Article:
Israeli high school students made history last night with the successful launch of the Duchifat 1 nano-satellite, which they developed and built as part of an educational project. The secondary school students at the Space Laboratory of the Herzliya Science Center, with help from the Israeli Space Agency in the Ministry of Science, launched the 840-gram satellite from the Yasny launch base in Russia at 22:10 on June 19.

The Duchifat 1, which is solar powered, was attached to a 34-ton rocket during launch. The goal is for the satellite to remain in orbit for 20 years. It is the first Israeli spacecraft of its kind to orbit earth.

Minister of Science, Technology and Space Yaakov Peri, Herzliya Mayor Moshe Fadlon, and two Herzliya students show a model of the satellite. (Avshalom Shoshani)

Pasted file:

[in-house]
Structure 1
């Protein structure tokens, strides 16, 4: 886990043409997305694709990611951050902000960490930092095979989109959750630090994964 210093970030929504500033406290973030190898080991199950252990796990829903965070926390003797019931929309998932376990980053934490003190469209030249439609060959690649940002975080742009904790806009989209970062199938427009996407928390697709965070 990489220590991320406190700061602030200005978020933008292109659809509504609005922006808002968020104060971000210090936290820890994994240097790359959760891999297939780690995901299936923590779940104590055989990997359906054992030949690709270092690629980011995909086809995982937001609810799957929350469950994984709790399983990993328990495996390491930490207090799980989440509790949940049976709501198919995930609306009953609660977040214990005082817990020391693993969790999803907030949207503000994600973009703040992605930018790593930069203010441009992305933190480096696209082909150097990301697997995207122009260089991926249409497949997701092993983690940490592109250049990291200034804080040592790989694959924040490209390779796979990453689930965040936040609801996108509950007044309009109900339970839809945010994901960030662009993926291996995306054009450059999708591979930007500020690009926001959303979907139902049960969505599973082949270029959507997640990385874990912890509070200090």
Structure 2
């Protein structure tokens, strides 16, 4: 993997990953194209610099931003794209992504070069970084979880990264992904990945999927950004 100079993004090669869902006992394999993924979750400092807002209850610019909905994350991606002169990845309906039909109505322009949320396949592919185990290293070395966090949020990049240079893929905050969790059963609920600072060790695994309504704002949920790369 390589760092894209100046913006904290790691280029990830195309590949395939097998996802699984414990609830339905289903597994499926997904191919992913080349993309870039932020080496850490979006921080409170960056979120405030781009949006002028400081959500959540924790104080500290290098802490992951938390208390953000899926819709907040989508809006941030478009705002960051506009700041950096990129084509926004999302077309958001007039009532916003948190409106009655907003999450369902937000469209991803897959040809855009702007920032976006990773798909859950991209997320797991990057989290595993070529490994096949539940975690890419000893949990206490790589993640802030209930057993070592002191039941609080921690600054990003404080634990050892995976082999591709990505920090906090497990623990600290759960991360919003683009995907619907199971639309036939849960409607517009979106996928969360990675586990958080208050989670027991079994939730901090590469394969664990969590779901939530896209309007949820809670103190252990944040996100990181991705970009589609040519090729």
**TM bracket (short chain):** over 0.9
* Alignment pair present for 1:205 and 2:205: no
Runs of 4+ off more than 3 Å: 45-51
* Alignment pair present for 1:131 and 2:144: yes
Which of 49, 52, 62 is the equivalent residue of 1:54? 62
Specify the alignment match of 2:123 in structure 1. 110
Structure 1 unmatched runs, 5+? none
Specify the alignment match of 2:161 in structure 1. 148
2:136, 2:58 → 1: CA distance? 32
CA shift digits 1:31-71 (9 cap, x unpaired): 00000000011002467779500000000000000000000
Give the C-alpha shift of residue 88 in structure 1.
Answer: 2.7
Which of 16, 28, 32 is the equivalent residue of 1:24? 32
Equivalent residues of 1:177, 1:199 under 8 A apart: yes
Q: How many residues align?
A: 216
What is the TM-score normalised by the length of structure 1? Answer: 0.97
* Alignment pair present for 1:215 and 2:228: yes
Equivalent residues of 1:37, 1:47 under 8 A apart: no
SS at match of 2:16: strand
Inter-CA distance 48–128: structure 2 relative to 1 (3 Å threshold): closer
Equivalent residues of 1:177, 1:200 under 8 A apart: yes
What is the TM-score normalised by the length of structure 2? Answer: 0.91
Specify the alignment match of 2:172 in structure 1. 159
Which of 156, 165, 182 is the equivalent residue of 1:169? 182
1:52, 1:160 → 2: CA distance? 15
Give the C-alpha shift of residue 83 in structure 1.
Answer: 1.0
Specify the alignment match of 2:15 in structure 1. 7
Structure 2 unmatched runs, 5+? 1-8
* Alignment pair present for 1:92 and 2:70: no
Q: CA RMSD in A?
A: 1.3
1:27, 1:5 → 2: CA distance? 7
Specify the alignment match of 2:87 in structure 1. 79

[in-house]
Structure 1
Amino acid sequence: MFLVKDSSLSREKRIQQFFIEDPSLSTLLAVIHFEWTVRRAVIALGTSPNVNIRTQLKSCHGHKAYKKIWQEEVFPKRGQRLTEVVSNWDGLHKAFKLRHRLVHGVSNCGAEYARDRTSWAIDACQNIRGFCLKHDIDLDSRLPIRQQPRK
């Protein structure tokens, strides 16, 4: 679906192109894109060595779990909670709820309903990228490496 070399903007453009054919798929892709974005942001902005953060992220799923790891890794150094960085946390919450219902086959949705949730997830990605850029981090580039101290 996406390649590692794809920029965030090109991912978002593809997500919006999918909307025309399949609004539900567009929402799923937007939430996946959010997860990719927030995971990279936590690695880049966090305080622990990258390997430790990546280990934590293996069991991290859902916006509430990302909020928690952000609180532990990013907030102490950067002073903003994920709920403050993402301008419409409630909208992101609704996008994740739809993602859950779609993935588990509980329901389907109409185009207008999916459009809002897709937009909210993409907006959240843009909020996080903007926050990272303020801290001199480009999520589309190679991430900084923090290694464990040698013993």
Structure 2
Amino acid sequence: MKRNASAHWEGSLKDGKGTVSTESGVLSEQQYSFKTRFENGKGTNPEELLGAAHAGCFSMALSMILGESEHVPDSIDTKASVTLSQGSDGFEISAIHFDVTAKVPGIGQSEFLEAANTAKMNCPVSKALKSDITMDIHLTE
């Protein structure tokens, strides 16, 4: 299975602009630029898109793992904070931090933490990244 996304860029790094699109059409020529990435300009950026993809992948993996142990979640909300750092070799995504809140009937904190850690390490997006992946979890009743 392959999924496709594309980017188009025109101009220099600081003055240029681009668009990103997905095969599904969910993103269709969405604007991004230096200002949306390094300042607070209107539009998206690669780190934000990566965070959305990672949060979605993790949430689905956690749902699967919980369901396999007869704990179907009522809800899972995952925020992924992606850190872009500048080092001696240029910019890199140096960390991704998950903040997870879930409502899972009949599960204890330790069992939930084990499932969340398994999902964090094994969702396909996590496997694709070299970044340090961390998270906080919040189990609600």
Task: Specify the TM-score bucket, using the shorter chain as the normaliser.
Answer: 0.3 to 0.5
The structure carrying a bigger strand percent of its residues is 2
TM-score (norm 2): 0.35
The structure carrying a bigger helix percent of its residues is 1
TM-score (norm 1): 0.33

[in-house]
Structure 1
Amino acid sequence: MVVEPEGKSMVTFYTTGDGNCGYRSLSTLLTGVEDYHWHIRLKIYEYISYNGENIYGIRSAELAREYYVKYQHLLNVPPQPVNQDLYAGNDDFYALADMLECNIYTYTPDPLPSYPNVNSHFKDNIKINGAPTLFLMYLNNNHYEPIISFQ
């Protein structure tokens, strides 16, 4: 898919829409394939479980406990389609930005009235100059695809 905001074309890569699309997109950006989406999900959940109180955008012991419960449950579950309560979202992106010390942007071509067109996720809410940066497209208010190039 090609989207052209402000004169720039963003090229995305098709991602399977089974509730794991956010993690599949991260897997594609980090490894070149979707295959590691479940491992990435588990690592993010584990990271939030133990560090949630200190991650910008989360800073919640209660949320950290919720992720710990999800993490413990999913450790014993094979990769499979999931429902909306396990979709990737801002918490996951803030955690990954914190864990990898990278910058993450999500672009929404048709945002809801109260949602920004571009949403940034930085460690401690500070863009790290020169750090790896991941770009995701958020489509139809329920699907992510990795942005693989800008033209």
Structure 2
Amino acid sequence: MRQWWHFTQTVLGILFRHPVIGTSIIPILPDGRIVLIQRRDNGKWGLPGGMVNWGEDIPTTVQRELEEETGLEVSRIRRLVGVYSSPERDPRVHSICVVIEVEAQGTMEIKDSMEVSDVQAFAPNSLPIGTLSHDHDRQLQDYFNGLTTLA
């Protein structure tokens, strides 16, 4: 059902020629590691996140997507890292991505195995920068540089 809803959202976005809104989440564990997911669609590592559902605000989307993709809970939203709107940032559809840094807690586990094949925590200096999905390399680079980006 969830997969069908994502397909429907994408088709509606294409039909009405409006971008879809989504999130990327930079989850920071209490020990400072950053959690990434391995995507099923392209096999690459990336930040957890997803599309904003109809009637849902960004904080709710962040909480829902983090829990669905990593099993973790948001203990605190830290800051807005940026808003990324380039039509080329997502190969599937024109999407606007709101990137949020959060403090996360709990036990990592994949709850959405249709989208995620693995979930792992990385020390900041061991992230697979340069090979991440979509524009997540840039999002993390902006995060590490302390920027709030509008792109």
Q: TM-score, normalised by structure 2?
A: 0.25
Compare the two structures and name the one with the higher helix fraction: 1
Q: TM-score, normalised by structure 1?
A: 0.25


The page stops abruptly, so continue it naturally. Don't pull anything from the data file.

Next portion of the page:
Minister of Science, Technology and Space Yaakov Peri, Herzliya Mayor Moshe Fadlon, and two Herzliya students show a model of the satellite. (Avshalom Shoshani)

“The main mission of the satellite is to transmit real-time information via radio amateur packets from a Low Earth Orbit (LEO) using the Automatic Position Reporting System (APRS) protocol. Duchifat-1 will allow remote traveler’s to access the satellite for worldwide position/status reporting and messaging even in the case of using simple handheld or mobile radios with Omni-directional whip antennas. Distant travelers, boats at sea, and stations in many parts of the world are presently unable to use the APRS system when on distant trips,” reads the Duchifat 1 mission statement.

“The launch today marks the beginning of the nano-satellite era in Israel,” Minister of Science, Technology and Space Yaakov Peri said in a statement.

“The project is part of the great technological advances in space research, a field which once was exclusive only to big corporations and governments. There is now accessibility for satellite research and space technology for institutes and universities as well.”